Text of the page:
Ceviche is also part of the appeal of cold dishes, but when a a salmon ceviche and a red snapper ceviche came to the table, I wondered if their little bowls were the garnish. But no, it’s just the micro-portioning that keeps good fish from costing even more than the $ 17 or $ 18 price tag here. The salmon glistened with a mix of cucumber, dill, cilantro, lime and little hot peppers which improved rather than stepping on the fish, something I can’t say for the red snapper, a degree too sweet in his mango bath.

Little Em’s knows how to showcase caviar, because the show is a big part of a few spoonfuls of fish roe for $ 90. The Russian osetra is not just fish eggs; they are small buttered pearls of the purest fish essence, arranged with bone spoons, perfect little pancakes called blinis and a clever platter of chopped red onions, chives and boiled egg with the fresh cream.

Little Em’s fresh and fresh side was balanced by more robust plates, including a toasted bagel stacked with an enviable amount of salted salmon and a creamy Boursin cheese schmear, a staple suited to this more flowery setting. A chunky crab cake held up despite the noticeable lack of topping for one of the best I’ve had in town, a symphony of sweet crab playing against a creamy base of creamy avocado.

The menu includes a burger with fries at Little Em's Oyster Bar.

The menu includes a burger with fries at Little Em’s Oyster Bar.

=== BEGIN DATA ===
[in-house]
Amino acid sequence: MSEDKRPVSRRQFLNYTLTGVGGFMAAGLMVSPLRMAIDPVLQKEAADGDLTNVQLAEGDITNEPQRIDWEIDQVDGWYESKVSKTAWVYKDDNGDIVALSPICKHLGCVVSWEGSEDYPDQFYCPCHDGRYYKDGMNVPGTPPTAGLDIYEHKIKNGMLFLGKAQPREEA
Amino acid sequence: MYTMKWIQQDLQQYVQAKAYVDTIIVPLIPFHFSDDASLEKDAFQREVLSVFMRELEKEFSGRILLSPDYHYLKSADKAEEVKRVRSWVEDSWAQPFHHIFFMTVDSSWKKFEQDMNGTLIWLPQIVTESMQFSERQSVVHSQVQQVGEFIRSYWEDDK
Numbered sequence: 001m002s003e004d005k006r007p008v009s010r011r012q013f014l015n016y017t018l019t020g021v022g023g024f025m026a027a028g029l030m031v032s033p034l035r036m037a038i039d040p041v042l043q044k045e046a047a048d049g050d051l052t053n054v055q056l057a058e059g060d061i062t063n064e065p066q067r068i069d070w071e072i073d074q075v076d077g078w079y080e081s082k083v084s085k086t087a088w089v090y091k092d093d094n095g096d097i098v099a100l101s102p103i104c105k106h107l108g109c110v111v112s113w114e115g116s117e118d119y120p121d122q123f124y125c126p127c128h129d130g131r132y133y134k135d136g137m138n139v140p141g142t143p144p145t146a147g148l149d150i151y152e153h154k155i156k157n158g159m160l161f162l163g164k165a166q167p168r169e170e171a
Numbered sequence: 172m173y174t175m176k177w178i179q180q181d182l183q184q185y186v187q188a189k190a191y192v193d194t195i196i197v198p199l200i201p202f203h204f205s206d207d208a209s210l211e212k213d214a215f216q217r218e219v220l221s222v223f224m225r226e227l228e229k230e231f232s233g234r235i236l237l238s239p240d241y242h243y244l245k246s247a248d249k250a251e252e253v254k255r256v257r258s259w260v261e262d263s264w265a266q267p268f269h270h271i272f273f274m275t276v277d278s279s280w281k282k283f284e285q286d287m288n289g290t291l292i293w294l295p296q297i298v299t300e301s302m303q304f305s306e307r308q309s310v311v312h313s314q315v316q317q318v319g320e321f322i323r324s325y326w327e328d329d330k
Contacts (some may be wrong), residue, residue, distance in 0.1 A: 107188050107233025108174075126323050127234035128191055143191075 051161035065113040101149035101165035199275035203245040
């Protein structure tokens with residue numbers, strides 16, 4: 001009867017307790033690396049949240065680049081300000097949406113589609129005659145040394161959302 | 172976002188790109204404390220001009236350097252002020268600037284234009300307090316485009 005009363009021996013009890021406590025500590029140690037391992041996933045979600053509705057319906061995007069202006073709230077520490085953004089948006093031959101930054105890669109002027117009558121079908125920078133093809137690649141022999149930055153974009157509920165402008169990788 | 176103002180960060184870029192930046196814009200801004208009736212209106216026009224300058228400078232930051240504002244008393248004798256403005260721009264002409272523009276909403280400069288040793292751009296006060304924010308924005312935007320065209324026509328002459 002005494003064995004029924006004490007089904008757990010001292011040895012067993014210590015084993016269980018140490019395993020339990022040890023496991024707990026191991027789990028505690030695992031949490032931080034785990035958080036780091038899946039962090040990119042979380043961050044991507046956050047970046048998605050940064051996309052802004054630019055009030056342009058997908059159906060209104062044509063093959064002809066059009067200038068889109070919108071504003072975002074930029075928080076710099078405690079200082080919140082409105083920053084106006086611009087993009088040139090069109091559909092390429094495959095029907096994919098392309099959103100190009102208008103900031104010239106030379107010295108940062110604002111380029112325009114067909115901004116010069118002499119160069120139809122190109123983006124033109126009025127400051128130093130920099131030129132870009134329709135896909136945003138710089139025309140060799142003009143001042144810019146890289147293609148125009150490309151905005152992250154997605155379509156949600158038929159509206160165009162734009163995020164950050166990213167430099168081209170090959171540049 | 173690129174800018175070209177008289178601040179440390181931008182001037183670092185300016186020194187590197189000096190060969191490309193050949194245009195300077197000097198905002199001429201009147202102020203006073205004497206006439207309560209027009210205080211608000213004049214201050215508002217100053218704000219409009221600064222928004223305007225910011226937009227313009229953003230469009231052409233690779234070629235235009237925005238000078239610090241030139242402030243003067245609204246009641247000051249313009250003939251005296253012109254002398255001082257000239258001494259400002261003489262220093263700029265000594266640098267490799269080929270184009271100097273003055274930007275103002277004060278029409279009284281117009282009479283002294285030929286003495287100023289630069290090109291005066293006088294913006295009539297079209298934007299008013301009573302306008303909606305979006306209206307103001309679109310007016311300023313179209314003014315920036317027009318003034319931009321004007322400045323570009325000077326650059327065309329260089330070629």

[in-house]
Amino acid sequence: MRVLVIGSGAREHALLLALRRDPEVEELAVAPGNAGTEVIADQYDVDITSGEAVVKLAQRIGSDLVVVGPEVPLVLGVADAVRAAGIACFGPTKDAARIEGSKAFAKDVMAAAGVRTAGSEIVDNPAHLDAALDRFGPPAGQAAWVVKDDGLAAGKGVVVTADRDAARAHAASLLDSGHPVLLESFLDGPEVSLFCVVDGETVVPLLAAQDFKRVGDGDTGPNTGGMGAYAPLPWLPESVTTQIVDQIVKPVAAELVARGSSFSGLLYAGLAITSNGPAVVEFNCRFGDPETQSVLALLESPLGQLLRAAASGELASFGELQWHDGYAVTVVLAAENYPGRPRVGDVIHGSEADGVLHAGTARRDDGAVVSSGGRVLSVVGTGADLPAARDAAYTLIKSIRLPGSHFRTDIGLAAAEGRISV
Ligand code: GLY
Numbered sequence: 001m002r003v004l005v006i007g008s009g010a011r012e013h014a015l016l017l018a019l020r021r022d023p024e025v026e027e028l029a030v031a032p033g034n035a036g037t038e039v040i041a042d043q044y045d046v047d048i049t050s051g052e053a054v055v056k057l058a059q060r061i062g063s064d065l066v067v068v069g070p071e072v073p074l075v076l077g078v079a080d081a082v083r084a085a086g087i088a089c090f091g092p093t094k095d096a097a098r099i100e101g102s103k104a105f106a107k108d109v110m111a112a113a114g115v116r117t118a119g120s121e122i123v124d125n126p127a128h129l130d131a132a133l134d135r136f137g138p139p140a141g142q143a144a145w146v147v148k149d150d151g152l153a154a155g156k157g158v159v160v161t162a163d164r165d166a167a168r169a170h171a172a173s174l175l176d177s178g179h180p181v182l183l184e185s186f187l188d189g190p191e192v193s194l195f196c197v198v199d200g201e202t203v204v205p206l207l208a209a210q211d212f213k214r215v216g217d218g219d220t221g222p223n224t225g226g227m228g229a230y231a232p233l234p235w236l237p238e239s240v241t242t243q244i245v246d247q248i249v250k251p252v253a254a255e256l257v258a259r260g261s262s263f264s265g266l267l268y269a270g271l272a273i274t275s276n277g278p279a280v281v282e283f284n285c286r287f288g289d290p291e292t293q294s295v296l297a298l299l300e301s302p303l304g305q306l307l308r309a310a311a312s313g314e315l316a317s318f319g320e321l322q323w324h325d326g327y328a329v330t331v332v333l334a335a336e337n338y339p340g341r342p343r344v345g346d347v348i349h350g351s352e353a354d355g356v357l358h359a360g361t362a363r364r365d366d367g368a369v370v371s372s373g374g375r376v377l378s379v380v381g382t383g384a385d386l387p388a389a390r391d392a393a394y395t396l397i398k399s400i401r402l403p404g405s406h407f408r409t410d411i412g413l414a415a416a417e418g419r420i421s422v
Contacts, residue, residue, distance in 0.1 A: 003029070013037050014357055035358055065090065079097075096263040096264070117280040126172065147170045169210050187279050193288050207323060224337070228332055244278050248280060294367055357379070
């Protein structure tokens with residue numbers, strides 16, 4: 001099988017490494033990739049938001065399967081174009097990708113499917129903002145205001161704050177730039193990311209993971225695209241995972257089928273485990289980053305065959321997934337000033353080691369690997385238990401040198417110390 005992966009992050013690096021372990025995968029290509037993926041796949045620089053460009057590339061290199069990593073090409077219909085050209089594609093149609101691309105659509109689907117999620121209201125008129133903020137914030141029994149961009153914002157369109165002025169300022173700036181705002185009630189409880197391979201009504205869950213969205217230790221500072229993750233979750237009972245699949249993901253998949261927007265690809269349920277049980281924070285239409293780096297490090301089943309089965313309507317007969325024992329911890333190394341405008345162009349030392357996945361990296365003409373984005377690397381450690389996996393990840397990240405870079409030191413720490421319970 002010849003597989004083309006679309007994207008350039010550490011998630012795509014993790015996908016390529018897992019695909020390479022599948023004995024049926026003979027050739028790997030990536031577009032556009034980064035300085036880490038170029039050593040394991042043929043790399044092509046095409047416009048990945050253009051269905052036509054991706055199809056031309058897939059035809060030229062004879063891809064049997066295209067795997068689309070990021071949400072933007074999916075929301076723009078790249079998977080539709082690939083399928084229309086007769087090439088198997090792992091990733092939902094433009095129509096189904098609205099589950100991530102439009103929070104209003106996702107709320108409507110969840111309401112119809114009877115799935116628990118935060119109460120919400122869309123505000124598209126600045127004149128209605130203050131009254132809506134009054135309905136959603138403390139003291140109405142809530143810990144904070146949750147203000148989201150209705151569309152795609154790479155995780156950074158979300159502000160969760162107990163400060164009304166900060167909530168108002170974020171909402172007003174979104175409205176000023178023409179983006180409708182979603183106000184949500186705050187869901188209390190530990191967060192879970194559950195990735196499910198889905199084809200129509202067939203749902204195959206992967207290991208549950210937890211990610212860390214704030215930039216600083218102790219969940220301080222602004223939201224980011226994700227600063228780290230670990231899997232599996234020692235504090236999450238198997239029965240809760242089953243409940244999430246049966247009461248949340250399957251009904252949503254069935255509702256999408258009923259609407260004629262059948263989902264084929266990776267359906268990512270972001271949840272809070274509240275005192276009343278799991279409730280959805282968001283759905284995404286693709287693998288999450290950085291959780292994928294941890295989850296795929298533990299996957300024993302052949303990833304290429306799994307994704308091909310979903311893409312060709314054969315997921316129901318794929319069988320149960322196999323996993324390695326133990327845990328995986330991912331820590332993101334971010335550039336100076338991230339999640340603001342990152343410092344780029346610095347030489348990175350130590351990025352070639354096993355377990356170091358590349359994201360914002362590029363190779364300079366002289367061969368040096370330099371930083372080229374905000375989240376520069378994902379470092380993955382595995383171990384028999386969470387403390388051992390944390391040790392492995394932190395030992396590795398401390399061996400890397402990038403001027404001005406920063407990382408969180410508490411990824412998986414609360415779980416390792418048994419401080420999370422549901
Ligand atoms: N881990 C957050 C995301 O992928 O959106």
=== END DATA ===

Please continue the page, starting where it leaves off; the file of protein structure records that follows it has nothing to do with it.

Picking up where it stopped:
Mike Sutter / Staff

And if you don’t fancy seafood, Little Em’s makes a helluva cheeseburger, evenly seared with melted cheese, hot sauce and a shiny brioche bun branded, like everything Little Em’s, with that shell logo. oyster.

*** ½

1001 S. Alamo Street, 210-257-0100, littleemsoysterbar.com

Quick bite: Trendy little King William cafe serving oysters and east coast seafood

Hit: Oysters, crab cake, lox bagel

To lack: Lobster roll, snapper ceviche, clams and linguine

Hours: 11 am-10pm Wednesday to Saturday; 11 am-4pm Sunday. Possibility of catering on site and to take away.

Price range: Oysters, $ 3.75 each; salads, $ 12- $ 13; cold seafood dishes, $ 15- $ 22; hot dishes and lobster rolls, $ 17- $ 36; desserts, $ 7- $ 8

Alcohol: Wine and beer

***** Excellent, an almost perfect experience

**** Good, among the best in town

*** Average, with some notable points

** Poor, with a buyback factor or two

* Bad, nothing to recommend

Food critics on Express-News pay for all meals.

It wasn’t all cute and sweet. A plate of clams with linguine has gone simple in its way as a sub-sauce and dry. A Caesar salad committed the pedestrian sin of tasting regular romaine with ranch dressing instead of bringing the anchovy funk, and a lobster roll tried way too strong, with the tarragon distracting the taste of the lobster for which we paid $ 28.

And as elegant as everything else, the desserts looked messy, from a plain white sherbet dish that tasted like a palate cleanser to vanilla creme brulee in every sense of the word.

Let’s get back to the cute part, though. The powdery pink bonhomie that permeates every aspect of Little Em’s experience transforms the cuteness of a patronizing diminutive into something ambitious and inspirational. The box, and most of what it contains, is tied with a cute little knot that says “why not San Antonio?” “With a” yes, why not?